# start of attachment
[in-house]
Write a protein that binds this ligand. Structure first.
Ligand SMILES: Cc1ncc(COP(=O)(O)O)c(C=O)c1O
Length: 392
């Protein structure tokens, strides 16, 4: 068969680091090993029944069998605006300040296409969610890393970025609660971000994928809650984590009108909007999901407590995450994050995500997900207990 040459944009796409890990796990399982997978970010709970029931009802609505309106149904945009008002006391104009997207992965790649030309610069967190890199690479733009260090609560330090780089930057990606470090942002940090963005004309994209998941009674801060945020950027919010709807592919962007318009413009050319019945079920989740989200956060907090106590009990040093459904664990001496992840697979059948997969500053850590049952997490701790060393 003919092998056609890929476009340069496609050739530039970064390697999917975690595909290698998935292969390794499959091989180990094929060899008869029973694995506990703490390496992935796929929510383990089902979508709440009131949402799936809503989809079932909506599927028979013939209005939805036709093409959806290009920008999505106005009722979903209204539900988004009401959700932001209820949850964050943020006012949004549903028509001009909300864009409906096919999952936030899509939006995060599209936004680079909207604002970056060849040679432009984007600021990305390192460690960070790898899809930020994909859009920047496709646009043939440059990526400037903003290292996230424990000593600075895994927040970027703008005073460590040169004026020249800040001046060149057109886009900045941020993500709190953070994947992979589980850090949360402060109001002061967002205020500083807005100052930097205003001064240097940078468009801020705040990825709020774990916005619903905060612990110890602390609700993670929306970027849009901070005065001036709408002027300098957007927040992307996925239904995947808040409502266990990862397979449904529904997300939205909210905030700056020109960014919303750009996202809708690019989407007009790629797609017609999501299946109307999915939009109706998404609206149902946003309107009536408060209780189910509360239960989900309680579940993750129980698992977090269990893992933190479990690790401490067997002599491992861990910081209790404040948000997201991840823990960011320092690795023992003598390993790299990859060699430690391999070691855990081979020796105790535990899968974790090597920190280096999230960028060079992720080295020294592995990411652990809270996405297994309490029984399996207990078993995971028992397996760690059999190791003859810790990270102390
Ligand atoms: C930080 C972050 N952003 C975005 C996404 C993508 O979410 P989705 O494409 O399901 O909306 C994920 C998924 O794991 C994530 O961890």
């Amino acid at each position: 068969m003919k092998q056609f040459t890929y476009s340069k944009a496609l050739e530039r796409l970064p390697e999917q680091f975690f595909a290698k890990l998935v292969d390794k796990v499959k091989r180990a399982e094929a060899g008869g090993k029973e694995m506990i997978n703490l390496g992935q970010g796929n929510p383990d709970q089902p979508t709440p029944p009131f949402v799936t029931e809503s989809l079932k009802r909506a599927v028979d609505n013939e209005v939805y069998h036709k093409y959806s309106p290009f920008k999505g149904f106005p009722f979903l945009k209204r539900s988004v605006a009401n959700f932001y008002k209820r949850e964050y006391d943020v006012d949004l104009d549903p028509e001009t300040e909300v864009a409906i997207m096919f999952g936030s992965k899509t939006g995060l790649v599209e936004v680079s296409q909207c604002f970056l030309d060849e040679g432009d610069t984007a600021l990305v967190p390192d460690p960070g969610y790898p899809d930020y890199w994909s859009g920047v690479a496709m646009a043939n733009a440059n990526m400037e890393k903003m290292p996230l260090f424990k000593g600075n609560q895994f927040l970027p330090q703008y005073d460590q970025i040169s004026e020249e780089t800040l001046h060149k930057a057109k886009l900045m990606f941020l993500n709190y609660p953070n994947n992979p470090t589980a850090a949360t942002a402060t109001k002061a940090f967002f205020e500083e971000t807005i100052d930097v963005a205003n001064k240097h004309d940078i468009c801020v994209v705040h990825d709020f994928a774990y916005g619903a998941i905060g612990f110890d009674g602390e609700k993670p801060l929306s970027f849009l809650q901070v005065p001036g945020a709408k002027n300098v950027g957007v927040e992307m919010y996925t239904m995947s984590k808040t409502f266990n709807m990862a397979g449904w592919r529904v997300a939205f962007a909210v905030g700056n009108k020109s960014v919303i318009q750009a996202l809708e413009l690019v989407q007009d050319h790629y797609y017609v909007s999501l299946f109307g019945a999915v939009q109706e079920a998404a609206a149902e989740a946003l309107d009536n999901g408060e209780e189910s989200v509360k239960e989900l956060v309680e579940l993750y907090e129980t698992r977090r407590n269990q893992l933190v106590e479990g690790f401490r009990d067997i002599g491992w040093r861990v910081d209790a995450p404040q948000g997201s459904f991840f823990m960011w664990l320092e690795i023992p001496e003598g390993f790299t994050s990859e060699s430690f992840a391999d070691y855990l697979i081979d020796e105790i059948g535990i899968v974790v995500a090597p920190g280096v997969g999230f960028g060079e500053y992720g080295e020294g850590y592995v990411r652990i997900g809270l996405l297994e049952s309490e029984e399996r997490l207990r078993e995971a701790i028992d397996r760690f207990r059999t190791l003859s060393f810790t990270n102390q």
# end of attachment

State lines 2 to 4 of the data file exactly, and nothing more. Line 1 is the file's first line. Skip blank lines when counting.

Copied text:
Write a protein that binds this ligand. Structure first.
Ligand SMILES: Cc1ncc(COP(=O)(O)O)c(C=O)c1O
Length: 392